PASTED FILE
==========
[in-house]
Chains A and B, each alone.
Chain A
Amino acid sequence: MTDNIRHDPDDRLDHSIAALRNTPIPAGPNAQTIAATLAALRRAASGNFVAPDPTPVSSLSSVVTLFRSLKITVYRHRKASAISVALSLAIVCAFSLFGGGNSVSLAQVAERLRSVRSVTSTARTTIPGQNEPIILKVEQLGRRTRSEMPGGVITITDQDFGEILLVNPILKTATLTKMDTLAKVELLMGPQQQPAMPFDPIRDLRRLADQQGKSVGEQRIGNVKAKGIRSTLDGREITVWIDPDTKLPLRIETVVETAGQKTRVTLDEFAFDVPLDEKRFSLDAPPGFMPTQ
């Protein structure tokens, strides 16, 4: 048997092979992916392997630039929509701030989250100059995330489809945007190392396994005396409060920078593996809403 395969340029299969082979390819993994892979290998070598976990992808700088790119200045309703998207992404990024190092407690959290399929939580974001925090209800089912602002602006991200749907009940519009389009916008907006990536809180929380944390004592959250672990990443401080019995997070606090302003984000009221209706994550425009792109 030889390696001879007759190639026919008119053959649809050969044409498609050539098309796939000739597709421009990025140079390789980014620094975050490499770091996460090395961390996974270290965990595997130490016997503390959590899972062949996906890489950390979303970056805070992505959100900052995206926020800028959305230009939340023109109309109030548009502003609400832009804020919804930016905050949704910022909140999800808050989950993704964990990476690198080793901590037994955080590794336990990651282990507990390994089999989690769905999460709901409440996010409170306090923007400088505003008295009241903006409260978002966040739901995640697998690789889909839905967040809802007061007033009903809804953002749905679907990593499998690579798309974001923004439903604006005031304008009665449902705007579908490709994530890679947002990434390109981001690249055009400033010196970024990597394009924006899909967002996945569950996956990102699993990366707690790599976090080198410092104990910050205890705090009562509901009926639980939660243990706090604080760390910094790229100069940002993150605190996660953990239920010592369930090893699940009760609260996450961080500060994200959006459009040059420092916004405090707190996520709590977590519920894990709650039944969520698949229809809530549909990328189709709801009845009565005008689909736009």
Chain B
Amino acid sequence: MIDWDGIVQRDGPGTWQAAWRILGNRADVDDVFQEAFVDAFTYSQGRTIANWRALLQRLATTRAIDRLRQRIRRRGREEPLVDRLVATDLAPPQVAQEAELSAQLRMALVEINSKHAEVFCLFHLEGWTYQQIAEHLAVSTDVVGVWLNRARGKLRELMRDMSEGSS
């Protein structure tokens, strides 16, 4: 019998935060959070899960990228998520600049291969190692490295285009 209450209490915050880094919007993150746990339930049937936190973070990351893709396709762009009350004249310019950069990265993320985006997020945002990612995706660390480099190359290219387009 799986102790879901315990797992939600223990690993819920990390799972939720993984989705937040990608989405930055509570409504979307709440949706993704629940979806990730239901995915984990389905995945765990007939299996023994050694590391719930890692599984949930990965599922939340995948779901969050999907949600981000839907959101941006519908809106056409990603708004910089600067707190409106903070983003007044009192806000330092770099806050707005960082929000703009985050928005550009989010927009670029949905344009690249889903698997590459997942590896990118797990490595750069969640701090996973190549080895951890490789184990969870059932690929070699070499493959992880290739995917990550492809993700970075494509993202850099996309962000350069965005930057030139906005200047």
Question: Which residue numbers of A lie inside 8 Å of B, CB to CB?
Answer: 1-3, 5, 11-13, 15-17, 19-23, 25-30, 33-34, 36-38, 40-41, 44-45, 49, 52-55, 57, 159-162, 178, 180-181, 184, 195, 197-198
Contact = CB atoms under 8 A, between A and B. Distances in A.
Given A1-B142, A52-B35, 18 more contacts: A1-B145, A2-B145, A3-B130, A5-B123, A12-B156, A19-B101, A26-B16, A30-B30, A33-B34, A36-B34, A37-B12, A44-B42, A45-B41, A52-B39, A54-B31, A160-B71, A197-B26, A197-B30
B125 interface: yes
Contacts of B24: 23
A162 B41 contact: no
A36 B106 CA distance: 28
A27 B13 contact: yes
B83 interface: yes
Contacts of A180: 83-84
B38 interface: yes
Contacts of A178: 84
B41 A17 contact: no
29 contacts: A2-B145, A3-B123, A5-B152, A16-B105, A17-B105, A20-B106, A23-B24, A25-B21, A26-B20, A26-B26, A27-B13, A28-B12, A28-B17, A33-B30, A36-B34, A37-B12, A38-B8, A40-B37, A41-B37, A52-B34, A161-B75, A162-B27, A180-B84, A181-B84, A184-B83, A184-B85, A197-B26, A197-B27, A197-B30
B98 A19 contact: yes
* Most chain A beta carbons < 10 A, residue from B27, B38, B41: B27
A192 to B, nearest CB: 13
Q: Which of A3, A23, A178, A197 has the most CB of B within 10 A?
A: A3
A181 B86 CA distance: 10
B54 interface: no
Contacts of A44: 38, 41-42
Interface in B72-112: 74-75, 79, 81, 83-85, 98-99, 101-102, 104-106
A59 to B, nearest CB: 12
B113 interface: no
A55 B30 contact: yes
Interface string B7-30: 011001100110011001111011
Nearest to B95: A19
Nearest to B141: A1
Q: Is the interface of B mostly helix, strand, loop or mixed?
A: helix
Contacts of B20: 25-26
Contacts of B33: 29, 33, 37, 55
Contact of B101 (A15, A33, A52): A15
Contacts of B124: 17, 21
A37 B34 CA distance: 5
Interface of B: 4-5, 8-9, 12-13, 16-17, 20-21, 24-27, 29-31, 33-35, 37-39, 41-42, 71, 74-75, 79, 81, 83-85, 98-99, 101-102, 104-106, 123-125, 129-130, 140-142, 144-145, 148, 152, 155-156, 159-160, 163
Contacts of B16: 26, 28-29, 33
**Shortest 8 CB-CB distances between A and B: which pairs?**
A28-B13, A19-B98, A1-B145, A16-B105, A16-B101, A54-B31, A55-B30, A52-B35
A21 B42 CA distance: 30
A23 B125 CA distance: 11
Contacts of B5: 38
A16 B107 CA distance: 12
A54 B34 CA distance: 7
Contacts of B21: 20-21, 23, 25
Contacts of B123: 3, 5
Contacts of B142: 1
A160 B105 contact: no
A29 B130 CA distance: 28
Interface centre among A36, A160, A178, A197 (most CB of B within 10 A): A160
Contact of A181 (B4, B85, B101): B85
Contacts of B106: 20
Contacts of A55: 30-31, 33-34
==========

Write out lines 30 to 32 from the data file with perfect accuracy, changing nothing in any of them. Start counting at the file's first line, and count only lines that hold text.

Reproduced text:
B54 interface: no
Contacts of A44: 38, 41-42
Interface in B72-112: 74-75, 79, 81, 83-85, 98-99, 101-102, 104-106